Mentoring can help students achieve their educational, professional and personal goals. Serving as a mentor helps students negotiate various professional and personal challenges as well as assist with career success. Being a mentee provides an opportunity to learn about engineering careers and develop a relationship with a working engineer. The ways in which participants influence and learn from one another are immeasurable, and the benefits will have a positive, lasting effect. This program was developed with the mentee at the center. The goal is to connect a mentee with a mentor who will celebrate wins, help with professional development and advise on how to navigate career options. When establishing groups, the MEET program does their best to match mentors and mentees.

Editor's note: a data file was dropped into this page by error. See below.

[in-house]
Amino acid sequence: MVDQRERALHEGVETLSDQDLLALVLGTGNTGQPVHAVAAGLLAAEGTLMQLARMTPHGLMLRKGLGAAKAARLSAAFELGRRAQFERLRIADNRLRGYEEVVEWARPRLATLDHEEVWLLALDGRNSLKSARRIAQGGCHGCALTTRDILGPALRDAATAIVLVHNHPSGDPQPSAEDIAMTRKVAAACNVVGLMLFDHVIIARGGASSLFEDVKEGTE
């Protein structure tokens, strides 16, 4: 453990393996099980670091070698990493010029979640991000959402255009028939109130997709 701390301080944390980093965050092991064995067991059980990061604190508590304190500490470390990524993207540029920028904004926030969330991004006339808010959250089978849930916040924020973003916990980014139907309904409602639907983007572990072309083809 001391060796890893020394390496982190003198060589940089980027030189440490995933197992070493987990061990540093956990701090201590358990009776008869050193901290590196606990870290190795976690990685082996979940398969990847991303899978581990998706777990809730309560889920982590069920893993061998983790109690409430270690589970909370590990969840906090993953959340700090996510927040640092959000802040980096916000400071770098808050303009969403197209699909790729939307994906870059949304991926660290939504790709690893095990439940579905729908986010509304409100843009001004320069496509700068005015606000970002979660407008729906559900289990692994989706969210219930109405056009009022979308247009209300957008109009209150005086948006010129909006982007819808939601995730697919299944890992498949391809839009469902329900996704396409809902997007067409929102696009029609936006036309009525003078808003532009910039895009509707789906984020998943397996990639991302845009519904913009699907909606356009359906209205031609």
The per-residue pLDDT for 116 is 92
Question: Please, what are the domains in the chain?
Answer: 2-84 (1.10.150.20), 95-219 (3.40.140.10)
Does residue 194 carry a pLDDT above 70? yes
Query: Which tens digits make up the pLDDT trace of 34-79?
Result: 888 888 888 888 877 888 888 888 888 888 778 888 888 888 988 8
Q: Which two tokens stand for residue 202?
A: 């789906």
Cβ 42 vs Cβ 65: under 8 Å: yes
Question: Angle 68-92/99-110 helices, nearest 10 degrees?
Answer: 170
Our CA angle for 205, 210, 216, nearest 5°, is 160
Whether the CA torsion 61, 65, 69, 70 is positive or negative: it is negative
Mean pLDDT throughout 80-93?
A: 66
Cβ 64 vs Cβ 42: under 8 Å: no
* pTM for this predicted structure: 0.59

Want to be a mentor or a mentee?


All mentees will receive a gift card at first meeting with their mentor.

Photography: © 2023 Olsson

ACEC Nebraska MEET Mentoring Program

Fostering Nebraska’s future engineers

“This program shows how much support there is for Nebraska’s future engineers from the professional community – it’s just unparalleled,” Bartelt-Hunt says. “The mentorship for our students is invaluable, and I hope this program helps us to retain more diverse engineers to help us solve the state’s future engineering challenges.” – Shannon Bartelt-Hunt, Chair of the Department of Civil and Environmental Engineering at UNL, who liaised with ACEC NE and other faculty members to help establish the MEET program.